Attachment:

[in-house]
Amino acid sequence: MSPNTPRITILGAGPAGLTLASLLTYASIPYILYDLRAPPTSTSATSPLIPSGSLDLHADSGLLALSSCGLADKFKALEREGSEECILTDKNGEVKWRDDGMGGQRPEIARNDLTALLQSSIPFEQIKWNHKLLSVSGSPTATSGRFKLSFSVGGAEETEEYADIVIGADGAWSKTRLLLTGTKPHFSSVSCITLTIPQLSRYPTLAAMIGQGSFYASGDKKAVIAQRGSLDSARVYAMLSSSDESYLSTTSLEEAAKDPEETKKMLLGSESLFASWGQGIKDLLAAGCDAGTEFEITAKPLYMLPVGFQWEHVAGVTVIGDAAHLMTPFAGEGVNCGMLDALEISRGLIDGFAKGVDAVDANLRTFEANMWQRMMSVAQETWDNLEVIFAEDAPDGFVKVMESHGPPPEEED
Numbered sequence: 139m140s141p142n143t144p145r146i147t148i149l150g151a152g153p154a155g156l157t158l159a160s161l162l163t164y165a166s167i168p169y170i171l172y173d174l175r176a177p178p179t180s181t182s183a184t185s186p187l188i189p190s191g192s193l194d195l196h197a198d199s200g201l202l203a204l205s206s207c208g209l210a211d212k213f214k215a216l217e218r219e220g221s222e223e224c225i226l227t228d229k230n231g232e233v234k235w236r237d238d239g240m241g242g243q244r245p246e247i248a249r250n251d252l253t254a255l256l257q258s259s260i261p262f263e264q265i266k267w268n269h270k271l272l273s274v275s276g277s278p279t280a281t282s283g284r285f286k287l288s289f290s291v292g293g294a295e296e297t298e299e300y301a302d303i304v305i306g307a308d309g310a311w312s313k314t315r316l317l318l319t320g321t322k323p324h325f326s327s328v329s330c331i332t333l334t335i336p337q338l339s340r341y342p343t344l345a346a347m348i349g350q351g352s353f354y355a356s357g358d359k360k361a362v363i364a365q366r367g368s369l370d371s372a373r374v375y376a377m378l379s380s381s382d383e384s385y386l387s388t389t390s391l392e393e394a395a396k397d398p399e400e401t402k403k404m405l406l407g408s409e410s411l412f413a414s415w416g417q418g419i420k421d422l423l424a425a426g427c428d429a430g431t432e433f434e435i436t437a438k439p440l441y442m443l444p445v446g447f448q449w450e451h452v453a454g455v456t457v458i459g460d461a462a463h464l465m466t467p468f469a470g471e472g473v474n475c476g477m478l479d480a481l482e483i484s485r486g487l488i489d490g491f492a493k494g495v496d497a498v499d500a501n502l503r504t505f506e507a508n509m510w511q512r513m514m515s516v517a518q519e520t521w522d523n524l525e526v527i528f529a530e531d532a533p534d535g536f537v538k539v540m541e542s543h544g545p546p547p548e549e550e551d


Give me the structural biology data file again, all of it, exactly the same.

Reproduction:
[in-house]
Amino acid sequence: MSPNTPRITILGAGPAGLTLASLLTYASIPYILYDLRAPPTSTSATSPLIPSGSLDLHADSGLLALSSCGLADKFKALEREGSEECILTDKNGEVKWRDDGMGGQRPEIARNDLTALLQSSIPFEQIKWNHKLLSVSGSPTATSGRFKLSFSVGGAEETEEYADIVIGADGAWSKTRLLLTGTKPHFSSVSCITLTIPQLSRYPTLAAMIGQGSFYASGDKKAVIAQRGSLDSARVYAMLSSSDESYLSTTSLEEAAKDPEETKKMLLGSESLFASWGQGIKDLLAAGCDAGTEFEITAKPLYMLPVGFQWEHVAGVTVIGDAAHLMTPFAGEGVNCGMLDALEISRGLIDGFAKGVDAVDANLRTFEANMWQRMMSVAQETWDNLEVIFAEDAPDGFVKVMESHGPPPEEED
Numbered sequence: 139m140s141p142n143t144p145r146i147t148i149l150g151a152g153p154a155g156l157t158l159a160s161l162l163t164y165a166s167i168p169y170i171l172y173d174l175r176a177p178p179t180s181t182s183a184t185s186p187l188i189p190s191g192s193l194d195l196h197a198d199s200g201l202l203a204l205s206s207c208g209l210a211d212k213f214k215a216l217e218r219e220g221s222e223e224c225i226l227t228d229k230n231g232e233v234k235w236r237d238d239g240m241g242g243q244r245p246e247i248a249r250n251d252l253t254a255l256l257q258s259s260i261p262f263e264q265i266k267w268n269h270k271l272l273s274v275s276g277s278p279t280a281t282s283g284r285f286k287l288s289f290s291v292g293g294a295e296e297t298e299e300y301a302d303i304v305i306g307a308d309g310a311w312s313k314t315r316l317l318l319t320g321t322k323p324h325f326s327s328v329s330c331i332t333l334t335i336p337q338l339s340r341y342p343t344l345a346a347m348i349g350q351g352s353f354y355a356s357g358d359k360k361a362v363i364a365q366r367g368s369l370d371s372a373r374v375y376a377m378l379s380s381s382d383e384s385y386l387s388t389t390s391l392e393e394a395a396k397d398p399e400e401t402k403k404m405l406l407g408s409e410s411l412f413a414s415w416g417q418g419i420k421d422l423l424a425a426g427c428d429a430g431t432e433f434e435i436t437a438k439p440l441y442m443l444p445v446g447f448q449w450e451h452v453a454g455v456t457v458i459g460d461a462a463h464l465m466t467p468f469a470g471e472g473v474n475c476g477m478l479d480a481l482e483i484s485r486g487l488i489d490g491f492a493k494g495v496d497a498v499d500a501n502l503r504t505f506e507a508n509m510w511q512r513m514m515s516v517a518q519e520t521w522d523n524l525e526v527i528f529a530e531d532a533p534d535g536f537v538k539v540m541e542s543h544g545p546p547p548e549e550e551d